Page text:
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173. Job 17, An Introduction and 17:1
If there is one word that sums up the disjointed and difficult chapter 17 it is “exhaustion.” Job’s mental and physical depletion is everywhere evident as his sentences in Job 17 often proceed with no seeming logical order. When clarity breaks through it is often captured in two-word phrases, as in vv 1, 11. Though some might be frustrated with the apparent muddled or confused thought process in Job 17, I see it as a brilliant literary expression of the ravages that continue to attend Job. He has been worn down by his physical and psychic condition, to be sure, but the friends’ reasoning and lack of support has, also, no doubt exhausted him. Job 17 is a fine expression of the results of those processes.
Consult twenty scholars for an outline for Job 17 and you will receive about twenty different suggestions. Thus, rather than becoming the twenty-first, I will point to what I consider three anchor verses of this chapter, and then try to make sense of its often turbid flow. Those three anchor verses are 17:1, 7, 11.
1 “My spirit is broken, my days are extinguished,
The grave is ready for me.
Verse 1 is the clearest verse of the chapter, though it is not without difficulties. The NASV is as just given. The NRSV has a similar: “My spirit is broken, my days are extinct, the grave is ready for me.” In three compelling two-words phrases Job describes the logical implications of the brief remaining years of his life, mentioned in 16:22. He is hyper-aware of the fact that his life is ebbing away, and that reality strikes him with a particular force here. My translation only quibbles with their rendering of the first phrase. I prefer,
“My spirit is destroyed; my days are extinguished; the graves (word is plural) are for me.”
The first phrase is the most difficult. Different translations render it as various as “My spirit is broken” or “my breath is corrupt.” Everything from bad breath to personal distress may be in view. The noun ruach can be rendered as “breath “or “spirit” or “wind.” It is the word that stalks the book of Job throughout, referring to the wind that destroyed the home of Job’s children in Chapter 1 as well as to the “windiness” of the speech of Job and the friends. Job seems here to be referring to his own “wind,” and this probably points us to his spirit or his breath. Though the older translations (KJV among them) read it as referring to Job’s fetid breath, I see it, along with most modern commentators, referring to Job’s spirit or strength.
Hebrew has several good and sturdy verbs that might express the idea of exhaustion or destruction; unexpected here is the verb chabal (27x) to capture Job’s current experience—the experience of his “spirit.” One of its definitions, though probably not applicable here, is “to take/give in pledge” (e.g., Exodus 22:26; Deuteronomy 24:6). Hmm. . .this is an interesting possible definition once one realizes that Job seems to go on a “take in pledge” tangent in verse 3. Job also uses chabal in the sense of pledging in 22:6; 24:3, 9. In fact, I don’t know of any scholars that take verse 1 in this sense: “My spirit is given in pledge. . .” (because the thought of the last two phrases of v 1 goes in another direction) though this is certainly an interesting rabbit trail to pursue.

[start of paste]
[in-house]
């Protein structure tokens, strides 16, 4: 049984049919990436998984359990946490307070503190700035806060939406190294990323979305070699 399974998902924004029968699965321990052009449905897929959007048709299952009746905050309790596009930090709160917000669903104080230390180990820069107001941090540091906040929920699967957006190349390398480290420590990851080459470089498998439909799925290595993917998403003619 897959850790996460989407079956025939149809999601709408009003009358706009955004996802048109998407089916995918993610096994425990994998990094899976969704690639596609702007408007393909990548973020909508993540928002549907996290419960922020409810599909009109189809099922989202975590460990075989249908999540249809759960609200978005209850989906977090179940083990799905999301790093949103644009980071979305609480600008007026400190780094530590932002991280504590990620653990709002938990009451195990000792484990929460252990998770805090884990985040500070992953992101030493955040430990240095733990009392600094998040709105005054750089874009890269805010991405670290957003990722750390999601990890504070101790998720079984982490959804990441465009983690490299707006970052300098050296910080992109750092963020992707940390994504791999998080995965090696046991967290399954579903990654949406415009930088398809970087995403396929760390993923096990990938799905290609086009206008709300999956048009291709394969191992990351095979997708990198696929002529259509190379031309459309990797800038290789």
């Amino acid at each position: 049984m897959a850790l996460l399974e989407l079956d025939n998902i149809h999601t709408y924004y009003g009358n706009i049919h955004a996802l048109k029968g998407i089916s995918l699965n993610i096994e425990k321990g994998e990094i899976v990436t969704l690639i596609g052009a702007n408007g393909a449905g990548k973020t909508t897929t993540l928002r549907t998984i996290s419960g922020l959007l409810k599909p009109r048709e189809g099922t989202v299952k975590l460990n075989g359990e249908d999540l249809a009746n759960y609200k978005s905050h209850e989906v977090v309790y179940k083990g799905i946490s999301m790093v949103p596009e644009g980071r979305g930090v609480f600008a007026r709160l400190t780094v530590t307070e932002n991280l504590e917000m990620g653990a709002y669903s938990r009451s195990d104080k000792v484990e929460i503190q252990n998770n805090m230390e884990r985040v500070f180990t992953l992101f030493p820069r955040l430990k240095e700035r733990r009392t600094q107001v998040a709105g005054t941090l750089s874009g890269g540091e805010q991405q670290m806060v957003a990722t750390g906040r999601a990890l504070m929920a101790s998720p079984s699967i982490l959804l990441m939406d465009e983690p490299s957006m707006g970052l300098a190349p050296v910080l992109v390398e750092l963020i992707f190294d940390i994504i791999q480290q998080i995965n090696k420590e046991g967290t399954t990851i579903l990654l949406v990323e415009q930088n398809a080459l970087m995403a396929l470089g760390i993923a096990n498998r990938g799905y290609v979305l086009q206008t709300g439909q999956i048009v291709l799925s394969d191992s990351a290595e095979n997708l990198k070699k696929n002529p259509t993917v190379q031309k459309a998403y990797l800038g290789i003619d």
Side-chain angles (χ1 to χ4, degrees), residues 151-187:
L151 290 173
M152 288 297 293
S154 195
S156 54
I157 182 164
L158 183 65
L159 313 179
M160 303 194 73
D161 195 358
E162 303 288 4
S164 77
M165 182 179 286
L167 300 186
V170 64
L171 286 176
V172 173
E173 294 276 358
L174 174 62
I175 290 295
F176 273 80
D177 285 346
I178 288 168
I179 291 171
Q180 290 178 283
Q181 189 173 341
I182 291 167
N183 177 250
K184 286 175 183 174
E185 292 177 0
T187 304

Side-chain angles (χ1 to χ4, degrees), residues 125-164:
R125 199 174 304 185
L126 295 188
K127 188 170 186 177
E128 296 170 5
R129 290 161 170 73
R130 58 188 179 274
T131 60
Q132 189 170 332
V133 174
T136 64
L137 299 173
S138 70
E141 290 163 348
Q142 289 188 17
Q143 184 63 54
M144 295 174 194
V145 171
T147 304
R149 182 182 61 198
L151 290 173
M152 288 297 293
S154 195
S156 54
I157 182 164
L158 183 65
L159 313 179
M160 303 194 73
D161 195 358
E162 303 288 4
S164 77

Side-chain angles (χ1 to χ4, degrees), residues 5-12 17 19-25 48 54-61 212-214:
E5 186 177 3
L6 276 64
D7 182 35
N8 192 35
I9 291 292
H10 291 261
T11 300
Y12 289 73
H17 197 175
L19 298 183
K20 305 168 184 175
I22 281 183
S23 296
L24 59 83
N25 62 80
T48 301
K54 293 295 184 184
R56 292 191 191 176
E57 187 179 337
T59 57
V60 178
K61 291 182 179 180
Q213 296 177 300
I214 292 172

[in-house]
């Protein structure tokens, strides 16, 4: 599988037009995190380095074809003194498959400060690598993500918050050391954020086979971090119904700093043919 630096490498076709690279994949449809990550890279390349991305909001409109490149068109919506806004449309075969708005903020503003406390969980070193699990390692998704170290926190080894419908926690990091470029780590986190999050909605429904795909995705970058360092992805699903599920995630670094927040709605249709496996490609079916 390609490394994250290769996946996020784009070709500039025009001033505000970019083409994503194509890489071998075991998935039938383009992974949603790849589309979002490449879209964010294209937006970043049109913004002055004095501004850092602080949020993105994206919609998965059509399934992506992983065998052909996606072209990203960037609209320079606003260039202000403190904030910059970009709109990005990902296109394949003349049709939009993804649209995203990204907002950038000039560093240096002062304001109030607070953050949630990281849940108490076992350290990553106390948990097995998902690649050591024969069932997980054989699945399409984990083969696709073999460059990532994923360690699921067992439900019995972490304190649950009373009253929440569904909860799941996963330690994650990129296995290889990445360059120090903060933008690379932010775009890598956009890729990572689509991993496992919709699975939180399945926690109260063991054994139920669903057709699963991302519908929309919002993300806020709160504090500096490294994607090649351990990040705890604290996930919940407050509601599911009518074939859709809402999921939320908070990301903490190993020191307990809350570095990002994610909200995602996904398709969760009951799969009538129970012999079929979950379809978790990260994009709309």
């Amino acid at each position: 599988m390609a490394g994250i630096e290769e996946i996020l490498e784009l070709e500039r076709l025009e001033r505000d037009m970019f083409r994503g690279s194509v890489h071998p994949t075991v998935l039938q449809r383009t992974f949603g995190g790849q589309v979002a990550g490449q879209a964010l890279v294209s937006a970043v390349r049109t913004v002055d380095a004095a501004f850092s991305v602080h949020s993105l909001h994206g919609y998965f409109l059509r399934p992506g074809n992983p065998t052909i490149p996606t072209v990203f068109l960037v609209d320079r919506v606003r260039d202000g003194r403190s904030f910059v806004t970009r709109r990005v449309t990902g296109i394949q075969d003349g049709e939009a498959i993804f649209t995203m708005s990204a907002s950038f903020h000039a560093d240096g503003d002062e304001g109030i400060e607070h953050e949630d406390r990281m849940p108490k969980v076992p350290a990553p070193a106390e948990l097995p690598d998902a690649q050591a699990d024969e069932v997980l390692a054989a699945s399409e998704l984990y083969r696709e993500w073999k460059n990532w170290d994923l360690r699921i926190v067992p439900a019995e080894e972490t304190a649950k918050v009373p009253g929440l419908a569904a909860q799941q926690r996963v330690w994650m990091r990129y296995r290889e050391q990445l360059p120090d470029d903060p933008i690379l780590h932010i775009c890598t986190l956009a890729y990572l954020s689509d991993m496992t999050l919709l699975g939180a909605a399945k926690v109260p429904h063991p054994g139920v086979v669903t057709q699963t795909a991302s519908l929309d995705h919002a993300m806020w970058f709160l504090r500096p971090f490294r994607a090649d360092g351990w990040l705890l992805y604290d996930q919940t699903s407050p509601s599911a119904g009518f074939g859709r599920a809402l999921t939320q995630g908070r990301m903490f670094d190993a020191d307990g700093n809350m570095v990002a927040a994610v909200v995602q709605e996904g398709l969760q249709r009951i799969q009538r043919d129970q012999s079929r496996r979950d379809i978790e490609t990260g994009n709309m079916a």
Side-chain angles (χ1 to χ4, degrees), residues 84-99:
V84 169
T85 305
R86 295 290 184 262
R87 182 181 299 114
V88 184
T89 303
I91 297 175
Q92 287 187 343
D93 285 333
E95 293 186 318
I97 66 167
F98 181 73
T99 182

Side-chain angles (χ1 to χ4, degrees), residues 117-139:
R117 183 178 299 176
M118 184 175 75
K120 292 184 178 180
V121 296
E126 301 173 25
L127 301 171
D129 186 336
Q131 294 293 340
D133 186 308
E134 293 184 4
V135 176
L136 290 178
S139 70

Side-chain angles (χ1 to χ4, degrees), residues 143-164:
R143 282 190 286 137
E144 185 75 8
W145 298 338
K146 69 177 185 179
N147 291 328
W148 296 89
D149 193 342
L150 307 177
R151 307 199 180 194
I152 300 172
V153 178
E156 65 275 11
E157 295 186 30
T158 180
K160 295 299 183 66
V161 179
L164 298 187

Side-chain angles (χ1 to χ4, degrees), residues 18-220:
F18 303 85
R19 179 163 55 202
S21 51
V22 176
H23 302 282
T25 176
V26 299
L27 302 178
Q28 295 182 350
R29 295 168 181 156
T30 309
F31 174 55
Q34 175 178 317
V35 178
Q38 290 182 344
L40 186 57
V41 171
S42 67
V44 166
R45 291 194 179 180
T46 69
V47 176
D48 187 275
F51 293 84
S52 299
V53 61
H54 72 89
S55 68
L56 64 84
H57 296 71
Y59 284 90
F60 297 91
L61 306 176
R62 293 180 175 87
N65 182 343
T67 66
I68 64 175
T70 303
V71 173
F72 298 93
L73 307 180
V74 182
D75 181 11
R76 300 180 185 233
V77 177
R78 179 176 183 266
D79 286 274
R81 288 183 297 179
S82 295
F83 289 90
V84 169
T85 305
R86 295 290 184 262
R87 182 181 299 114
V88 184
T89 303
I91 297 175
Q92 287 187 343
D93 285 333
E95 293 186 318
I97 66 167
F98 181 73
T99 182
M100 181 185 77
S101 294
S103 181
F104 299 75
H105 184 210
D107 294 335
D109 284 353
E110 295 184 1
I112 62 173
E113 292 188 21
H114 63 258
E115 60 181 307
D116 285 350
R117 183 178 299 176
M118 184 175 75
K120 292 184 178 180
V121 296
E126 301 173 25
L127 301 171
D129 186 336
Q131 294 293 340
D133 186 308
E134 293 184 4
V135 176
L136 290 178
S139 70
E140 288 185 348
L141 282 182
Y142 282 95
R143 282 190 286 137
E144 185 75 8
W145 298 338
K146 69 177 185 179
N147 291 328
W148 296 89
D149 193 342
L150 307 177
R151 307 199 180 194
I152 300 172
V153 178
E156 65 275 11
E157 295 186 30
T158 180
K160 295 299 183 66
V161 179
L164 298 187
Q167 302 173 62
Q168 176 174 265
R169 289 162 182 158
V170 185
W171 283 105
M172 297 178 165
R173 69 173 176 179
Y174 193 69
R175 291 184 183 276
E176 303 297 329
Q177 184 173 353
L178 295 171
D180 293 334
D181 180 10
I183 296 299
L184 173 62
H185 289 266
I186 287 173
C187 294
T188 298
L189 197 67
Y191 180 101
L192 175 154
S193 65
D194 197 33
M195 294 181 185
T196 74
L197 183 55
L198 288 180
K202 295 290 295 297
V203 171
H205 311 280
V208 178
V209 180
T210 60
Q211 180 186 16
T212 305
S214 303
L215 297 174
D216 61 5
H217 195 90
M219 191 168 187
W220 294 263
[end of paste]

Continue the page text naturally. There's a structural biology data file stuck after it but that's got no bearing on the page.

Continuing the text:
But in a handful or so of cases chabal can also mean “to destroy” or “ruin” (e.g., Ecclesiastes 5:6; Song of Solomon 2:15; Isaiah 13:15) or even “to be broken” (Isaiah 10:27). That is the sense I think is suggested in Job 17:1. Job would be complaining that his spirit is destroyed/broken/in ruins. Often the deepest expressions of sadness and despair follow on the heels of the most optimistic feelings. That would be the case here.
Once we see the first clause as relating to Job’s exhaustion, the other two follow quickly, even though the verb in the second two-word clause is a hapax. “My days are extinguished/have become extinct; the graves are for me.” The verb rendered “extinguish” is the hapax zaak, but it is almost identical in form to the much more common verb daak (9x; the Hebrew z and d are easy to confuse), also meaning “to extinguish.” Hence the translation. Though the common word “grave” (qeber) is used in the plural, most take this to suggest a kind of “community of individual graves”—so “my plot in the cemetery” would be the meaning, though it is interesting to muse on what the plural here, taken literally, might mean. Is Job seeing in his mind countless cemeteries, all of which have a grave with headstone, figuratively, marked “Job” waiting for him? Job just says “graves are for me,” but it isn’t a huge leap to conclude that he is expressing a similar idea to 16:22. His days are few; the grave(s) is/are ready; his spirt is broken; his days are almost extinct. The two-word Hebrew phrases hit us with a growing crescendo, bringing us back into the realm of hopelessness. He is in fact on death’s doorstep, a phrase captured in English translations as early as Miles Coverdale’s in the mid-16th century.